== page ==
Knowing the firestorm that would ensue, the respected former senator took a gamble putting Clemens in the report without the more incriminating evidence that has dogged other players namely, copies of checks sent to a steroid supplier. If it turns out McNamee lied about Clemens, Mitchell's reputations takes a heavy hit. There's also the issue of how clear Mitchell's team was to Clemens about the allegations against him; Clemens has claimed that he was never told the specific nature of the steroid accusations, and that since he assumed they revolved around older allegations that have seen been disproven, he saw no reason to talk about them. (Mitchell has said he sent the players' union a list of players who faced allegations Clemens was on the list and told the union that he would divulge more details about the allegations during interviews with players). But keep in mind that Clemens is only one guy. No one has disproved the allegations against the other 90 or so players named in the report, and in fact several have acknowledged their accuracy. Mitchell will not not appear before Congress on Wednesday, though Charlie Scheeler, a lawyer in his firm who played a pivotal role in the investigation, will testify.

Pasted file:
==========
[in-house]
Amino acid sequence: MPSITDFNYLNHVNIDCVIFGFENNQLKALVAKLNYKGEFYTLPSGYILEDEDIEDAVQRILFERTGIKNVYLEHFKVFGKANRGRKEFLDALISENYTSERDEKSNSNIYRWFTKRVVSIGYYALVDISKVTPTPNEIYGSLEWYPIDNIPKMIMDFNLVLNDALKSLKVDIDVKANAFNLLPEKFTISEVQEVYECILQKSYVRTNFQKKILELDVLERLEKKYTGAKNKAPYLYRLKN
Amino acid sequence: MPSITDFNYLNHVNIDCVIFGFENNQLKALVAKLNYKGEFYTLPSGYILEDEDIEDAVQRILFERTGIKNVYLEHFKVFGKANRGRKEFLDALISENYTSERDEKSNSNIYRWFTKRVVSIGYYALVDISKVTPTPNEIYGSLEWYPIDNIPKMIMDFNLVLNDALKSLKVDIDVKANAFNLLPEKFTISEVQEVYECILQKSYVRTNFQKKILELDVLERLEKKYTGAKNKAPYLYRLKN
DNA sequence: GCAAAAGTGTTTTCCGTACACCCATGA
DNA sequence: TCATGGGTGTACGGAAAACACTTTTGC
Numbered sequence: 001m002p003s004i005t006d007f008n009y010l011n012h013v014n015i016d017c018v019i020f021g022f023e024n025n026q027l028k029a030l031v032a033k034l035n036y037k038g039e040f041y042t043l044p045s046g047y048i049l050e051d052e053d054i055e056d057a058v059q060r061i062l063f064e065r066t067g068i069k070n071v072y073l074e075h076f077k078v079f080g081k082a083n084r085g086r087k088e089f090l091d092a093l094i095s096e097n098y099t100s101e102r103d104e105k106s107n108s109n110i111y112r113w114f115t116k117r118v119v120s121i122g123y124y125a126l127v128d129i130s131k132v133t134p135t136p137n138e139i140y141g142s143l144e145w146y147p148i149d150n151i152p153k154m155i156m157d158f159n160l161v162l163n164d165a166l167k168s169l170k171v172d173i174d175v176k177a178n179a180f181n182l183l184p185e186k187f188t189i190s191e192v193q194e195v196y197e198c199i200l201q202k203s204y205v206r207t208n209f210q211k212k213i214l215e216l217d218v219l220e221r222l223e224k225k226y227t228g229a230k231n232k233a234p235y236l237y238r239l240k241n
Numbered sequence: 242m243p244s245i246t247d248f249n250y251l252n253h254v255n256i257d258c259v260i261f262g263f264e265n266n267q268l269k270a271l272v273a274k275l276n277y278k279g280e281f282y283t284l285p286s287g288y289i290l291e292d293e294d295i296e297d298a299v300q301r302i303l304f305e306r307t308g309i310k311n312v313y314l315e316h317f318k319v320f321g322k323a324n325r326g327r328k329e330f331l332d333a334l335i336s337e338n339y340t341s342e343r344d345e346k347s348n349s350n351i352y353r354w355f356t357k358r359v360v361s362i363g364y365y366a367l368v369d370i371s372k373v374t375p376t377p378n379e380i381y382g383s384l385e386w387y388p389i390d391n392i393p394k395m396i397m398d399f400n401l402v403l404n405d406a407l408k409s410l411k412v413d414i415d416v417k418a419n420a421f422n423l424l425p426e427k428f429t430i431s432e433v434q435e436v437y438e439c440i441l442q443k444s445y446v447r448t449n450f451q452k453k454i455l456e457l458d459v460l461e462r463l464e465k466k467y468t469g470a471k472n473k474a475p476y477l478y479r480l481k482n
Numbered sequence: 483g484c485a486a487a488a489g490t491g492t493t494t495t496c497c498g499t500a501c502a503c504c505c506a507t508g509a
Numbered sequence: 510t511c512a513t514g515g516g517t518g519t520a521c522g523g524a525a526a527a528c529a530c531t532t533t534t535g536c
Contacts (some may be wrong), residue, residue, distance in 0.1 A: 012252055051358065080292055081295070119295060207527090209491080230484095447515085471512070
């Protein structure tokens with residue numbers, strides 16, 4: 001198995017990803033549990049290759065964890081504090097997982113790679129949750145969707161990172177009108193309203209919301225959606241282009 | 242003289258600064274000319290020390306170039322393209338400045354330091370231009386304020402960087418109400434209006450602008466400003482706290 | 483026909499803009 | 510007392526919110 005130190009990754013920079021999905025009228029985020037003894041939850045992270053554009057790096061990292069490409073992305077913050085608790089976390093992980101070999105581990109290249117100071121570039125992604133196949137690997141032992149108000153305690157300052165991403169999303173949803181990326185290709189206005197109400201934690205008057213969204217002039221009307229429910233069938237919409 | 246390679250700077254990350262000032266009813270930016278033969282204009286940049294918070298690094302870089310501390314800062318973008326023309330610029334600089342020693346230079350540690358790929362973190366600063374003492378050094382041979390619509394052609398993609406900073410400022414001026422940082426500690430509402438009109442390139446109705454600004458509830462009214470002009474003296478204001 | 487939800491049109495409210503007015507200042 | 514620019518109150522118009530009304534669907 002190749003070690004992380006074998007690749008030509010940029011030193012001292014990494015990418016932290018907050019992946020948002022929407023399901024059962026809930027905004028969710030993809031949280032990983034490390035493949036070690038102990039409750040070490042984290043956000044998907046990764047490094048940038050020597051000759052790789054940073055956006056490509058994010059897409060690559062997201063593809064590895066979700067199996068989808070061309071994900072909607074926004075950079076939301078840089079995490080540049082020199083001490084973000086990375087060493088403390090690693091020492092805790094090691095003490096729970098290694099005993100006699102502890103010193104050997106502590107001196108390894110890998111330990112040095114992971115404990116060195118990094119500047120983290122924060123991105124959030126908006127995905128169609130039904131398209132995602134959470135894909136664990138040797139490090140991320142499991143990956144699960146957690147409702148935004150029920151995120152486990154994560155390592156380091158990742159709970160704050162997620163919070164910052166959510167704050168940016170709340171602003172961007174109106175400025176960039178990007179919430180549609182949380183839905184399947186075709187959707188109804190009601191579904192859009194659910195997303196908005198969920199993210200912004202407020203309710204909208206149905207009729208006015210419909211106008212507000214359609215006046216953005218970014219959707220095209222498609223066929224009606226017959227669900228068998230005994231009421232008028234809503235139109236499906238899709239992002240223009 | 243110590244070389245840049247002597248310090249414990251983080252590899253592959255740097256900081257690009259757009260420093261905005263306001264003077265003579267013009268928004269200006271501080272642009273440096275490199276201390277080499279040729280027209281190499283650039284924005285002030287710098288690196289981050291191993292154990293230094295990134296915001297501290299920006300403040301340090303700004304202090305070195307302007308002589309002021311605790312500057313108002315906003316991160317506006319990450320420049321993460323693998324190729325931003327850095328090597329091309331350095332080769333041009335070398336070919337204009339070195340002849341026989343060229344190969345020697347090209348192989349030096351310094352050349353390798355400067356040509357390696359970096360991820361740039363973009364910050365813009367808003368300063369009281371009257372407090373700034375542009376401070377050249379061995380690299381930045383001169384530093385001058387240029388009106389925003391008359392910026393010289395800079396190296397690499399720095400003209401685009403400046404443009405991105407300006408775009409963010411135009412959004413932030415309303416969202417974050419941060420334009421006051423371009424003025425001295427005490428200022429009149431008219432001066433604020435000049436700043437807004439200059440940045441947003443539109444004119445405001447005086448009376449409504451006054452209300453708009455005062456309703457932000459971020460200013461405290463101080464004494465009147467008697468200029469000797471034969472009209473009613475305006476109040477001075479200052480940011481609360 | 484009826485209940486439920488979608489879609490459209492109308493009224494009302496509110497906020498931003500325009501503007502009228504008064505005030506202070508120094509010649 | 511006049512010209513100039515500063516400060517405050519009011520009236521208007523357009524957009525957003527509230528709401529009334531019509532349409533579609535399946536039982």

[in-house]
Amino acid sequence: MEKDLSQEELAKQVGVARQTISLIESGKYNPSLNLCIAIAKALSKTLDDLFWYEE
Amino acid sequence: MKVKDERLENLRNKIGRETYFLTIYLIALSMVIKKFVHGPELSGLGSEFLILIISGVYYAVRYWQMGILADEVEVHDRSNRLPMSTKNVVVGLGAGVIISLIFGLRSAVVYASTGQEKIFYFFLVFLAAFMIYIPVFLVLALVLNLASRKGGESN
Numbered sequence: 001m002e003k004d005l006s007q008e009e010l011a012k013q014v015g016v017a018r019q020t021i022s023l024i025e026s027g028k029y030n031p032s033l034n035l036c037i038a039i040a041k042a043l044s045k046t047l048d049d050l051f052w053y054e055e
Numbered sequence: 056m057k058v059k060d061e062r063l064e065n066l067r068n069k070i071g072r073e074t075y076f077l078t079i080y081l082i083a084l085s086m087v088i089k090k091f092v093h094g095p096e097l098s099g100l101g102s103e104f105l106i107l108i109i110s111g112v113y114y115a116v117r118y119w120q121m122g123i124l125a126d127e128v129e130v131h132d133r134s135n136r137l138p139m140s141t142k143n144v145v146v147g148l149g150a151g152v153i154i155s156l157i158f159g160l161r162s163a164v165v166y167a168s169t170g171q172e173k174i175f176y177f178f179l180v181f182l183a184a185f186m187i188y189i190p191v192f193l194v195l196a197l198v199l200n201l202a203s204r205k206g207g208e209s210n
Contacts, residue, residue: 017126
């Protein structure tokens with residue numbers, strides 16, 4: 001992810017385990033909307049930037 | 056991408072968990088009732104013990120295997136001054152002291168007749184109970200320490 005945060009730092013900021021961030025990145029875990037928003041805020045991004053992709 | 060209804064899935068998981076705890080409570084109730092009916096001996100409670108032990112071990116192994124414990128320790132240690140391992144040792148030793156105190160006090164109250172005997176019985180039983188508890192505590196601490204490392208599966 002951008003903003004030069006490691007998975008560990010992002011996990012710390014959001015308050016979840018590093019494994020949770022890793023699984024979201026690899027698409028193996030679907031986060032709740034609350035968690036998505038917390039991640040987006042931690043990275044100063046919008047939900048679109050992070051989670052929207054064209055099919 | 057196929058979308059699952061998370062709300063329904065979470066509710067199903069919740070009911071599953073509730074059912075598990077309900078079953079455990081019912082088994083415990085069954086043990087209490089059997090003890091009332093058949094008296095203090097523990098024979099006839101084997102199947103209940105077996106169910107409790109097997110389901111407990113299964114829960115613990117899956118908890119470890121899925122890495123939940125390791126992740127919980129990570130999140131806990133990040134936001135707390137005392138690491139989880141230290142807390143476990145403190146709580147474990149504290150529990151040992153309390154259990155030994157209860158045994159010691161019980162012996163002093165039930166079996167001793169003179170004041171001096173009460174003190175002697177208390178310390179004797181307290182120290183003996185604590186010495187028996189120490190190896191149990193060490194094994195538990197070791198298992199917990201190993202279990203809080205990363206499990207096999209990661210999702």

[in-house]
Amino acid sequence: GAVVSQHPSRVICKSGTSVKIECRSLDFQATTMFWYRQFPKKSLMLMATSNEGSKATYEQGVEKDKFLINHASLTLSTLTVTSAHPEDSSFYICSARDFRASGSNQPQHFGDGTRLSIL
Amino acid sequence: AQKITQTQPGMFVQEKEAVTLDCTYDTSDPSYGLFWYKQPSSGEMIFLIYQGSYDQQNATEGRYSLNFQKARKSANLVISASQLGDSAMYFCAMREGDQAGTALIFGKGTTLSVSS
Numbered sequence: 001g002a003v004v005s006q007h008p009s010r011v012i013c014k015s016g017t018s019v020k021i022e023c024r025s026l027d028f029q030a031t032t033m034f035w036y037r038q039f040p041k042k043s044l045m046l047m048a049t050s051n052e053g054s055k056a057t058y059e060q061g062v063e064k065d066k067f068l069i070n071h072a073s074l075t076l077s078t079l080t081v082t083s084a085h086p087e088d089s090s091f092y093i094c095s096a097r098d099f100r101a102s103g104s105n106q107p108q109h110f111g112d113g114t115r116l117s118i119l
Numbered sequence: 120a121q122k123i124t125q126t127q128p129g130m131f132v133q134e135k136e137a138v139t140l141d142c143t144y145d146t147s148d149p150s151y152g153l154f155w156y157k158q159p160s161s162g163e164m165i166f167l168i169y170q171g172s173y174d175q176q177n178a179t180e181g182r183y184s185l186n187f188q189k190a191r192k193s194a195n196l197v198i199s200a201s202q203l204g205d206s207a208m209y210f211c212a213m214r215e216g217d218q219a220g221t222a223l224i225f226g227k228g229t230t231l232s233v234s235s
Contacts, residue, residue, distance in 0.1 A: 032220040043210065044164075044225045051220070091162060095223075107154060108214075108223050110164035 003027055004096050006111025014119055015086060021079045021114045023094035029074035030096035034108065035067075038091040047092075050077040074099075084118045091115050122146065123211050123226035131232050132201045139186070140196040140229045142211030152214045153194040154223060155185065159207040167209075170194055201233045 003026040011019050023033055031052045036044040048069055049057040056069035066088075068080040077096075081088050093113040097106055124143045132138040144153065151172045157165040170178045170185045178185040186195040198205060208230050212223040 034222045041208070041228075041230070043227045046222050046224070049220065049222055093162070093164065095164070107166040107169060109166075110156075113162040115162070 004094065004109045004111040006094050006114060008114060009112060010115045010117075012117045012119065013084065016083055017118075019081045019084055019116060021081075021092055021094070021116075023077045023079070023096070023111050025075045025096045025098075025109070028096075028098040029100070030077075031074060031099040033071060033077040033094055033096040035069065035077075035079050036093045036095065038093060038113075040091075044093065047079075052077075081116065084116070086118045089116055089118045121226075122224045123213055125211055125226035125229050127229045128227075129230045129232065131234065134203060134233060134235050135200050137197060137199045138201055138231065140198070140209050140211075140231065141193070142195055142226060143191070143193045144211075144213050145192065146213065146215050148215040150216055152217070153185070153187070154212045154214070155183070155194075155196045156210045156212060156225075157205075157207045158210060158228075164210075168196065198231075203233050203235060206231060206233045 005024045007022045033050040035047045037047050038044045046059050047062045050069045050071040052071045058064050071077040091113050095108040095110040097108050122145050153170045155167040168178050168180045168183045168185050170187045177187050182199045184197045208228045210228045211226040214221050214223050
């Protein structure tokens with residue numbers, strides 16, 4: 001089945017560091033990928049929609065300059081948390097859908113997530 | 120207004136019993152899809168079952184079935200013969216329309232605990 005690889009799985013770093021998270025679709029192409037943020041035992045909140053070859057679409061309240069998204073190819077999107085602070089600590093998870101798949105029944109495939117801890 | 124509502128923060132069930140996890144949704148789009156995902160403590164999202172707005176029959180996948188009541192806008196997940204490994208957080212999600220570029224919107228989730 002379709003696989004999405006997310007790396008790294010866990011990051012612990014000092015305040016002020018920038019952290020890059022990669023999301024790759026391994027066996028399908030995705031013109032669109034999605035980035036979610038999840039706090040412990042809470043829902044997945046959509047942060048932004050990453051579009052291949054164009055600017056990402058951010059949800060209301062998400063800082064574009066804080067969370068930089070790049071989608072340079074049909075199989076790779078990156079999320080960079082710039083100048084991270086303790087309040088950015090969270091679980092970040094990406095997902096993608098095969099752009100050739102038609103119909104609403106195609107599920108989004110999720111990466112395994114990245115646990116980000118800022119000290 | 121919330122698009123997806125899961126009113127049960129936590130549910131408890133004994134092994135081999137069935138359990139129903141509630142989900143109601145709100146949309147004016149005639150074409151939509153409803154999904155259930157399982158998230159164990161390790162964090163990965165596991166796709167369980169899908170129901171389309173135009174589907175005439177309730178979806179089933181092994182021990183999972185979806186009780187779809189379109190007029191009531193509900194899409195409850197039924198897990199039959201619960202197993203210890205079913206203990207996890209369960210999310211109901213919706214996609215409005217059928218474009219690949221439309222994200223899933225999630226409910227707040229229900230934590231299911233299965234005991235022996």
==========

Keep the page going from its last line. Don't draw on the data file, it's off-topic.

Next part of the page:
by Sean Gregory
Next Rusty Hardin